Feel free to try this dish and comment on what you think of it, or share stories of your own experiances with the mighty stinging nettle in the comments section below.

The Dreaded Cancer Scare, and What to do about it


Everyone knows someone who either had cancer or died of it. Most people are related to such a person. If the cancer victim in your life is a parent or grandparent or both, you will also hear afterward a lot of talk about how the origins of the disease may be genetic. It tends to run in families. Your doctor may think you need to get tested more because of family history. To add to the loss of your family member is the dread that you may be next, that the odds are even worse for you than they are for everyone in general.

If you are prone to having anxiety about disease, this may trigger it in a big way, particularly if you are still slowly getting over the loss of your loved one. Especially if you sat by their bedside while they were suffering and felt trace elements of your loved one’s pain in your own body. Especially if you wished somehow that you could help them face their time of trial and felt helpless in doing so. If you spent many nights feeling the presence of your loved one close by, comforting you, only to have it fade into the nightmare of the cancer that killed your loved one also being present, as if it lurks in the night searching for another victim to devour.

Maybe you experience some symptoms and think that they may be psychosomatic because of your recent experience. But your doctor still thinks you should get tested because of family history.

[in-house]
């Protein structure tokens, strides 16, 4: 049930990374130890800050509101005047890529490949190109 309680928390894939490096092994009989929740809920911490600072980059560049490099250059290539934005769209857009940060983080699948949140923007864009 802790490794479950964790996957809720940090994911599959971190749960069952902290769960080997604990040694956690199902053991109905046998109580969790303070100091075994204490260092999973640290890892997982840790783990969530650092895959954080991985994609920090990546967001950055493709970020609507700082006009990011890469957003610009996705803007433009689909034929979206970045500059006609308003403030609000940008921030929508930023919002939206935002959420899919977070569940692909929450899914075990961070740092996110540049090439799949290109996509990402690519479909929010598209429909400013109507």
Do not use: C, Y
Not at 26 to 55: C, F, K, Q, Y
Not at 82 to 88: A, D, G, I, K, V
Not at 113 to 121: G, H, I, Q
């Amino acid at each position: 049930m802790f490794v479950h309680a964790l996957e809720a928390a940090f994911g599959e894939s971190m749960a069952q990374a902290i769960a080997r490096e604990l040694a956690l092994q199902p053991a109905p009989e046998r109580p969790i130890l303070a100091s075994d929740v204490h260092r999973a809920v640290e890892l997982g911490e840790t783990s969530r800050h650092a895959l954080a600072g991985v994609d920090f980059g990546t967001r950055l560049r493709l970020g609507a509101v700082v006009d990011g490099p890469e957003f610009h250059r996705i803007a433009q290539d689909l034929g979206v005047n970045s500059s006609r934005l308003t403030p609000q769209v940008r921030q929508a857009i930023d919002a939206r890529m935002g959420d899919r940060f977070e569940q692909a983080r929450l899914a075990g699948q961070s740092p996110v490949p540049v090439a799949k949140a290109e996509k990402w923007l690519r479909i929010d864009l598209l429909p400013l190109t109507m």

People tell you, “put that thought out of your mind.” Thinking about a disease increases your chances of getting it. Losing sleep lowers your immunity to disease in general. Being stressed out doesn’t help either. But this is easier said than done.

Putting that thought out of your mind may feel like procrastination or denial. It comes creeping back in moments when your guard is let down. It takes energy to keep that thought out of your mind and when the energy is depleted, the thought comes back, along with the anxiety.

The thing to do is to change your fear to empowerment. You do this by taking action. There are some small ways in which you can take charge of your health in this kind of situation, both the potential disease and the dread that you may be more likely to get it than other people.

You think of what you don’t want. Same thing as everyone doesn’t want. You don’t want to get cancer. The thought of it is empowered by your feeling of fear and dread.

Then, think instead of what you do what. You want to feel strong and healthy, feel good inside your own body. Empower that thought with feelings. Good feelings just as strong as the fear that came creeping in there. Do something physical that you enjoy, that makes your body feel good. You can make yourself more healthy, and give yourself more vitality.